By Hannah Hoag - Monday, February 11, 2013 - 0 Comments
55 days, 100 million visitors, and a high risk of disease spreading among the masses
When a cholera outbreak gripped a London neighbourhood in 1854, physician John Snow carefully mapped its deaths. The thin bars he traced under each address clustered around a water pump on Broad Street, which turned out to be the source of the bacteria. Snow’s studies of disease patterns won him recognition as the father of modern epidemiology—and crushed the prevailing theory that cholera was spread by bad air.
Faced with the same challenge today, Snow might use a tablet computer. In mid-January, as the Indian city of Allahabad began ushering in millions of Hindu pilgrims for the religious festival Kumbh Mela, emergency physician and epidemiologist Gregg Greenough settled into a temporary field hospital with his tablet computer. He and his team from the Harvard School of Public Health were on the lookout for signs of influenza, tuberculosis, cholera and other diarrheal diseases. The plan is to record the temporary residence of each pilgrim admitted to hospital and plot it on a digital map that geolocates the festival’s toilets and drinking water. “We’re helping them digitize the data and analyze it in real time,” says Greenough. “It should help keep the pulse of the community and see if anything is emerging so they can act on it quickly.” Continue…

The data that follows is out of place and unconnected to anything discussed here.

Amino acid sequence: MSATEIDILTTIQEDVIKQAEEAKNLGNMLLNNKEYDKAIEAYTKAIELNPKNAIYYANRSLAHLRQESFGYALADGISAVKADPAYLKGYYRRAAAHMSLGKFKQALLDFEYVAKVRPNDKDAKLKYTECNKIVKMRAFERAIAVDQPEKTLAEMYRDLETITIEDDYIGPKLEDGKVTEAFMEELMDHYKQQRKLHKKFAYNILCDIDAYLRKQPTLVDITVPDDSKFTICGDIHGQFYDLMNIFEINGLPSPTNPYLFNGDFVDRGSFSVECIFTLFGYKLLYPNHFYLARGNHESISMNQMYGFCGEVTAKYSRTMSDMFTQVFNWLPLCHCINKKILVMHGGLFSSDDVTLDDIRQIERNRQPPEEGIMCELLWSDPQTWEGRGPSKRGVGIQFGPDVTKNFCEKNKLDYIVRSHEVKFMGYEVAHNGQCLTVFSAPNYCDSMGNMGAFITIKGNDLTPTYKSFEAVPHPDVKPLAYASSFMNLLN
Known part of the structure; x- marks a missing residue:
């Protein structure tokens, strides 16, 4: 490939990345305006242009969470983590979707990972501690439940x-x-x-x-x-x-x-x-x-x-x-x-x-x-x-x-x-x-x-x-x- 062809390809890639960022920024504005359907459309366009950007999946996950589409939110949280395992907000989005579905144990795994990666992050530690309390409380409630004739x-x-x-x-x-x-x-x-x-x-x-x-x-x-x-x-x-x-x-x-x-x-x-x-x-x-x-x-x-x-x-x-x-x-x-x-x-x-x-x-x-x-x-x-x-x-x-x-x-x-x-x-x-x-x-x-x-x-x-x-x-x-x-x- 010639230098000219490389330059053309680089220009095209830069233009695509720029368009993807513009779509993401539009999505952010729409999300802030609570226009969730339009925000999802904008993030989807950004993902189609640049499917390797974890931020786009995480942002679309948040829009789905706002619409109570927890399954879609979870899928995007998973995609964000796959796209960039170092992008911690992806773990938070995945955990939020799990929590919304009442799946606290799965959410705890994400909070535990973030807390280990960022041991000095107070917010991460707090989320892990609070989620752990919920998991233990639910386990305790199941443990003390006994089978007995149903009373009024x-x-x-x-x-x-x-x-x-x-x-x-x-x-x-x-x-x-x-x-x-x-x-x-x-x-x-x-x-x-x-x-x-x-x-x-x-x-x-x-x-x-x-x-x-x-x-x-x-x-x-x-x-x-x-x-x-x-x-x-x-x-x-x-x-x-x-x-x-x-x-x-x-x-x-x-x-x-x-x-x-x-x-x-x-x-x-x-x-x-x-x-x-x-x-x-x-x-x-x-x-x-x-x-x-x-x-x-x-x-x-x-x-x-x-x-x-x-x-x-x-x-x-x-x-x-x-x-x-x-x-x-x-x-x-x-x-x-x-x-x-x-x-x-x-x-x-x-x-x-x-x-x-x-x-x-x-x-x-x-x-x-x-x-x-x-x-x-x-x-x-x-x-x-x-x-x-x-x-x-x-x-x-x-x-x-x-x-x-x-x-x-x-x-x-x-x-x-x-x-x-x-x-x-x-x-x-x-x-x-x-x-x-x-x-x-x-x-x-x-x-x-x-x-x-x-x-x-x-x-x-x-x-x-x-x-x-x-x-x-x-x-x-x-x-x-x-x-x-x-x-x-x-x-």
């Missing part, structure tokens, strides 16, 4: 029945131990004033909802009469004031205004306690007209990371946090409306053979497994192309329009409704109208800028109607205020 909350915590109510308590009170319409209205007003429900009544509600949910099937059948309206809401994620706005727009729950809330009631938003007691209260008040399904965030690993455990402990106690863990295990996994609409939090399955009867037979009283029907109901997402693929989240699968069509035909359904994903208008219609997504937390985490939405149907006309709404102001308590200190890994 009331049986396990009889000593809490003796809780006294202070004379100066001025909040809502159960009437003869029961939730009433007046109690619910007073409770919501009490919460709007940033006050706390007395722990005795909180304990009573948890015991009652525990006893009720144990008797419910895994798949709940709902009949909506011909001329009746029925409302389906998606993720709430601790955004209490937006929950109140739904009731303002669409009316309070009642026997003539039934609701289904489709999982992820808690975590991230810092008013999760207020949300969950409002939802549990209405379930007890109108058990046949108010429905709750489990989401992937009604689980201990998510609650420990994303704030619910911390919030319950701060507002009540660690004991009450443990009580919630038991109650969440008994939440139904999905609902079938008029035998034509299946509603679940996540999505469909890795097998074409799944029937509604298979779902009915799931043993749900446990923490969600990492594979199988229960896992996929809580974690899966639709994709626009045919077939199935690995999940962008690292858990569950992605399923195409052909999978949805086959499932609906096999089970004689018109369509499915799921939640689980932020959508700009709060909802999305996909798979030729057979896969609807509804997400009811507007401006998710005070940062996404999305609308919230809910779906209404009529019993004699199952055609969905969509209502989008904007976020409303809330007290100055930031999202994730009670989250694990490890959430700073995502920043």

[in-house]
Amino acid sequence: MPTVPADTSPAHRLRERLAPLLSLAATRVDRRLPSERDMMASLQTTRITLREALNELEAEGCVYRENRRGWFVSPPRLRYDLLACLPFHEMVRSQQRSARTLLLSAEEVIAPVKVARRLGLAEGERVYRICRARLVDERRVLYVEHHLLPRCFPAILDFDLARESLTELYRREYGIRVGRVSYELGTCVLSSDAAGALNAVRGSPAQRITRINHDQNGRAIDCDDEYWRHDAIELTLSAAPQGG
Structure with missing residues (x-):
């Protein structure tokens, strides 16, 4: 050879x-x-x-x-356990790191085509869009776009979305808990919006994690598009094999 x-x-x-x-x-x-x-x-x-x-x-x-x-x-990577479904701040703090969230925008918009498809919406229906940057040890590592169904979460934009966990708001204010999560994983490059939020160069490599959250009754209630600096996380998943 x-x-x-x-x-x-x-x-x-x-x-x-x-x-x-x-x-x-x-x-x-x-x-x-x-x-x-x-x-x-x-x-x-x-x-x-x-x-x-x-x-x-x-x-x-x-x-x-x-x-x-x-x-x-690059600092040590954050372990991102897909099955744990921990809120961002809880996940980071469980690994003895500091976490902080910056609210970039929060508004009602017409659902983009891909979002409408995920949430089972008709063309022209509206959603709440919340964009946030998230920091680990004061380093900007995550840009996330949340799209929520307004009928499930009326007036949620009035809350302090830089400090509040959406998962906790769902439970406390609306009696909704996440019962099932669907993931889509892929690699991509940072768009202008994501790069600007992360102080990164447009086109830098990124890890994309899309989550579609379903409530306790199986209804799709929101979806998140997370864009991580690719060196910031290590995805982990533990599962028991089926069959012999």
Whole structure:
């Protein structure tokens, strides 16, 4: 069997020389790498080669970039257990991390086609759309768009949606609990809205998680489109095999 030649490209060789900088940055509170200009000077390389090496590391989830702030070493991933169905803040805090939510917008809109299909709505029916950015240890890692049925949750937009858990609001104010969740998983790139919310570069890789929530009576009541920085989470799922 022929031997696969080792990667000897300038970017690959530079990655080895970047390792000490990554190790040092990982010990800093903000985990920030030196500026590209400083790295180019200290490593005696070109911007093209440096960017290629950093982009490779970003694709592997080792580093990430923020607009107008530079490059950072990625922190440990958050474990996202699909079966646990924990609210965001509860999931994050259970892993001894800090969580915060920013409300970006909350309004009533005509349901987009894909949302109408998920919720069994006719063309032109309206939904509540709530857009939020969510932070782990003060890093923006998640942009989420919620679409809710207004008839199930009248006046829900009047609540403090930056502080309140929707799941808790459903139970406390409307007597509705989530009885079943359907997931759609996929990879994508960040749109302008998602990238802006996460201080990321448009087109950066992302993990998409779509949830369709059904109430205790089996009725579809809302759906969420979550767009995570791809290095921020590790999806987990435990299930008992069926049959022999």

By Kate Lunau - Friday, July 18, 2008 at 11:59 AM - 0 Comments
New research from the Harvard School of Public Health suggests that tobacco companies used…
“For decades, the tobacco industry has carefully manipulated menthol content not only to lure youth but also to lock in lifelong adult customers,” said Howard Koh, associate dean for Public Health Practice at HSPH and co-author of the paper, titled “Tobacco Industry Control of Menthol in Cigarettes and Targeting of Adolescents and Young Adults,” which will be published in the Sept. edition of the American Journal of Public Health (and is now available online).